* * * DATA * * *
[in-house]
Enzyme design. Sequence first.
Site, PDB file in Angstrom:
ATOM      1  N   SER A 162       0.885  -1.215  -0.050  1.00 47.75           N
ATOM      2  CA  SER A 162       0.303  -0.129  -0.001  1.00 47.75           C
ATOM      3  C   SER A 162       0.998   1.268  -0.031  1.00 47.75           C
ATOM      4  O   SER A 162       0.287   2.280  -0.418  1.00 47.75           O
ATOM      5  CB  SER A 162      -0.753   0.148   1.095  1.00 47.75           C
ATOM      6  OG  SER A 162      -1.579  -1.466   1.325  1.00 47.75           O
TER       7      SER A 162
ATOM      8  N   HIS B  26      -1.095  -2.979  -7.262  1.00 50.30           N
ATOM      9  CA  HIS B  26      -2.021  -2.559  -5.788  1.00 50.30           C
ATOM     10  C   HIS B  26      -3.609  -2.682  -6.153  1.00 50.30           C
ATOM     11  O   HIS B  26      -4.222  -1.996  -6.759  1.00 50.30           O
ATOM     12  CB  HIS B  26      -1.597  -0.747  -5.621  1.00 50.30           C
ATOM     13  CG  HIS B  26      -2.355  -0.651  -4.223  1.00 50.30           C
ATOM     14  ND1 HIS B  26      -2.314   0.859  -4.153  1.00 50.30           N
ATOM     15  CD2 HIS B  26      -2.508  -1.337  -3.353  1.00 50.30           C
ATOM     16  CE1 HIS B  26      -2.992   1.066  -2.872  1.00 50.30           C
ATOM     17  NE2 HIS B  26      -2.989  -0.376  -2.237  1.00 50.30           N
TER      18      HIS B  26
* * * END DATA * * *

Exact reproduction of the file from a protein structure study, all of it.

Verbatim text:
[in-house]
Enzyme design. Sequence first.
Site, PDB file in Angstrom:
ATOM      1  N   SER A 162       0.885  -1.215  -0.050  1.00 47.75           N
ATOM      2  CA  SER A 162       0.303  -0.129  -0.001  1.00 47.75           C
ATOM      3  C   SER A 162       0.998   1.268  -0.031  1.00 47.75           C
ATOM      4  O   SER A 162       0.287   2.280  -0.418  1.00 47.75           O
ATOM      5  CB  SER A 162      -0.753   0.148   1.095  1.00 47.75           C
ATOM      6  OG  SER A 162      -1.579  -1.466   1.325  1.00 47.75           O
TER       7      SER A 162
ATOM      8  N   HIS B  26      -1.095  -2.979  -7.262  1.00 50.30           N
ATOM      9  CA  HIS B  26      -2.021  -2.559  -5.788  1.00 50.30           C
ATOM     10  C   HIS B  26      -3.609  -2.682  -6.153  1.00 50.30           C
ATOM     11  O   HIS B  26      -4.222  -1.996  -6.759  1.00 50.30           O
ATOM     12  CB  HIS B  26      -1.597  -0.747  -5.621  1.00 50.30           C
ATOM     13  CG  HIS B  26      -2.355  -0.651  -4.223  1.00 50.30           C
ATOM     14  ND1 HIS B  26      -2.314   0.859  -4.153  1.00 50.30           N
ATOM     15  CD2 HIS B  26      -2.508  -1.337  -3.353  1.00 50.30           C
ATOM     16  CE1 HIS B  26      -2.992   1.066  -2.872  1.00 50.30           C
ATOM     17  NE2 HIS B  26      -2.989  -0.376  -2.237  1.00 50.30           N
TER      18      HIS B  26